Microsoft has come out against the schemes and dreams of the entertainment industry with a position essay criticizing any notion of the government's mandating technical standards for content protection as Hollywood wants.
The authors clearly have in mind proposed legislation by Fritz "Hollywood" Hollings (Democrat, South Carolina) originally called the Security Systems Standards and Certification Act (SSSCA), recently renamed the Consumer Broadband and Digital Television Promotion Act (CBDTPA) to conceal it's proscriptive anti-consumer, and anti-tech industry nature.
"Some ideas advanced by the entertainment industry could have unintended consequences. One concept would require computers and other devices to inspect every bit of incoming content -- every file, every e-mail -- for digital 'watermarks' that indicate copyrighted material. Potentially an invasion of users' privacy, this measure would also slow the processing of data communications," the MS flacks observe.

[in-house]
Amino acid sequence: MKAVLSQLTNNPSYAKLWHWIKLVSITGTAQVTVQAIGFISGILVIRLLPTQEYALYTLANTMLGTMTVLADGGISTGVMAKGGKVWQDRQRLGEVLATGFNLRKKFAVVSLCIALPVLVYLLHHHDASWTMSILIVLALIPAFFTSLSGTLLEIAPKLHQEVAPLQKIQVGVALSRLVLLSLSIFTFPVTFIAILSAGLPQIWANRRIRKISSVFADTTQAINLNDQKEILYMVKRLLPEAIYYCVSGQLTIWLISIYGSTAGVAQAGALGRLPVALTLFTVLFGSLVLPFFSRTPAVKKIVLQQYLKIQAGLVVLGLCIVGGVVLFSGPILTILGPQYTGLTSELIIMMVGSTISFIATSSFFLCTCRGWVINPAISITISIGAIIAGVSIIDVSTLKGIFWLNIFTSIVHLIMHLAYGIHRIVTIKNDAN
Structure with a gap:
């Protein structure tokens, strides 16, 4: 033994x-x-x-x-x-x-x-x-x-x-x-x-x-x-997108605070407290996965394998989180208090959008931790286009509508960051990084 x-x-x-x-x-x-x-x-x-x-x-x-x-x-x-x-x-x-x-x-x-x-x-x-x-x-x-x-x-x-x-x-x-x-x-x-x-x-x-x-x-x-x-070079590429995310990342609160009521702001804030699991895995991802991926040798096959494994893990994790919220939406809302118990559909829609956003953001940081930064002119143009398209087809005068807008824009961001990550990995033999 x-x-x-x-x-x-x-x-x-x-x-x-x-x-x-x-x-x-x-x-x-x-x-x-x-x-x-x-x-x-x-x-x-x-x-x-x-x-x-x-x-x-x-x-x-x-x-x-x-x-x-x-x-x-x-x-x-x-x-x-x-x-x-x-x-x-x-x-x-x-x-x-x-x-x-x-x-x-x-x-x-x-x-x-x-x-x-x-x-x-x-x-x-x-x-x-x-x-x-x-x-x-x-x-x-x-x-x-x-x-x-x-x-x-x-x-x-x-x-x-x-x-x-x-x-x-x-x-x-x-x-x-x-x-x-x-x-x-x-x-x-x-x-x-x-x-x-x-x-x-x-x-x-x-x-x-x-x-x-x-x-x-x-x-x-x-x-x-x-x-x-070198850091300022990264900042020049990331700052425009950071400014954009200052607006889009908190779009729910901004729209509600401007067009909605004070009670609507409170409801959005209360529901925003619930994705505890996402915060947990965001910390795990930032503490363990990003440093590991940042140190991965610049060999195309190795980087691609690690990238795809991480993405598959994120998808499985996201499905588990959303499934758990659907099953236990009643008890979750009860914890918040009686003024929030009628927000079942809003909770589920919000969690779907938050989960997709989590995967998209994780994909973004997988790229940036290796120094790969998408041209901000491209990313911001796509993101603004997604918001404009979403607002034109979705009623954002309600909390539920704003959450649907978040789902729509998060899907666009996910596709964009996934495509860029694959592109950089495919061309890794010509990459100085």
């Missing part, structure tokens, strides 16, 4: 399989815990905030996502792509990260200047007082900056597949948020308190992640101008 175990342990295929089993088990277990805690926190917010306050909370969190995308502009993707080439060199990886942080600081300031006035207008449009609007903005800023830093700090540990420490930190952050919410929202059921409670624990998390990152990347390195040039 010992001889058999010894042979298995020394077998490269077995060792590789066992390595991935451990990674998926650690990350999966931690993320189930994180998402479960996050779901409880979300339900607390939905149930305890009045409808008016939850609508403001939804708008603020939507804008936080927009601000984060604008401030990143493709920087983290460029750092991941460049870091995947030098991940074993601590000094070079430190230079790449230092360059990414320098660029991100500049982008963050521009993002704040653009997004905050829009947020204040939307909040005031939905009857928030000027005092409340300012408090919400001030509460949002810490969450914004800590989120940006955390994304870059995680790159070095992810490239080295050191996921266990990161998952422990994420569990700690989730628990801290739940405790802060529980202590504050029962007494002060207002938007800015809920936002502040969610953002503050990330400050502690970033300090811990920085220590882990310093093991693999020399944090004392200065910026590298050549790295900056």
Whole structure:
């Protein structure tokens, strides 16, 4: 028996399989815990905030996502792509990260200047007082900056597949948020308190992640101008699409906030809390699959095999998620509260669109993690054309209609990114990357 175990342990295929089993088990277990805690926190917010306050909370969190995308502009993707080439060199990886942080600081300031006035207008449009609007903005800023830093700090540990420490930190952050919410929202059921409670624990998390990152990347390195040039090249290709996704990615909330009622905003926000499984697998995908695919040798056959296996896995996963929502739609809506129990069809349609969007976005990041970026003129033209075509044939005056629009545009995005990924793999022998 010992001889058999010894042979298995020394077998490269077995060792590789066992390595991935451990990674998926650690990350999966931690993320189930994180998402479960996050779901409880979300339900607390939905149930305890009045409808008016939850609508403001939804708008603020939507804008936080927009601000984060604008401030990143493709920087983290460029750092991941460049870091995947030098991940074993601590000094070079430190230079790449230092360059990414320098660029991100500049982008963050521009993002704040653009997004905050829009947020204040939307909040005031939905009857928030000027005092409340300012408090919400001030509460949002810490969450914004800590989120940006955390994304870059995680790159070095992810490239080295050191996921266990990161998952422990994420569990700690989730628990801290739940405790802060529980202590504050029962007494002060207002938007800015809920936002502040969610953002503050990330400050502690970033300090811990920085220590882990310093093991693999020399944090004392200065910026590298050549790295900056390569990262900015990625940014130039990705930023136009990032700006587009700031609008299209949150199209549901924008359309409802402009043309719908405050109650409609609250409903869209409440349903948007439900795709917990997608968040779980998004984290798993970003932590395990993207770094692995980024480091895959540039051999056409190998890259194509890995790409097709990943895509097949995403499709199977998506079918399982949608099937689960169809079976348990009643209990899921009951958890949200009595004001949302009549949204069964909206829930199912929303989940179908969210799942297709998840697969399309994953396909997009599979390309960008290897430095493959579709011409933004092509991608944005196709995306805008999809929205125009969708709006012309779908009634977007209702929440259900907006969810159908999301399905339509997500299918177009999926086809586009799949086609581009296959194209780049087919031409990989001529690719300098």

The entertainment industry uses piracy hysteria as an excuse to withhold its precious jewels from digital distribution. Not until every hardware device and computer in the world has been forcibly locked down with Hollywood-approved DRM features will the products of their genius be safe from the universally felonious intentions of the rude masses.
But of course the software industry manages to thrive in spite of the horrific dangers of digital distribution. In spite of an on-line world full of serialz and cracks and infested with horrible, thieving people, it does actually manage to make a sale once in a while. So MS suggests to Hollywood that this might just be worth looking into.
"A more effective solution would be for entertainment companies to invest in digital distribution. Few companies have made much content available online, yet the popularity of file sharing among music fans suggests that the market is large. Making legitimate content available easily and affordably would help to counter the illegal supply."
But of course Hollywood isn't going to be content merely to dilute the illegal supply and end up enjoying most of the loaf. Their view of the problem is entirely binary. Unless we hear a good deal more of this kind of talk from influential software and hardware makers, the entertainment industry is going to continue stamping its feet and sniveling, and demanding the impossible. ®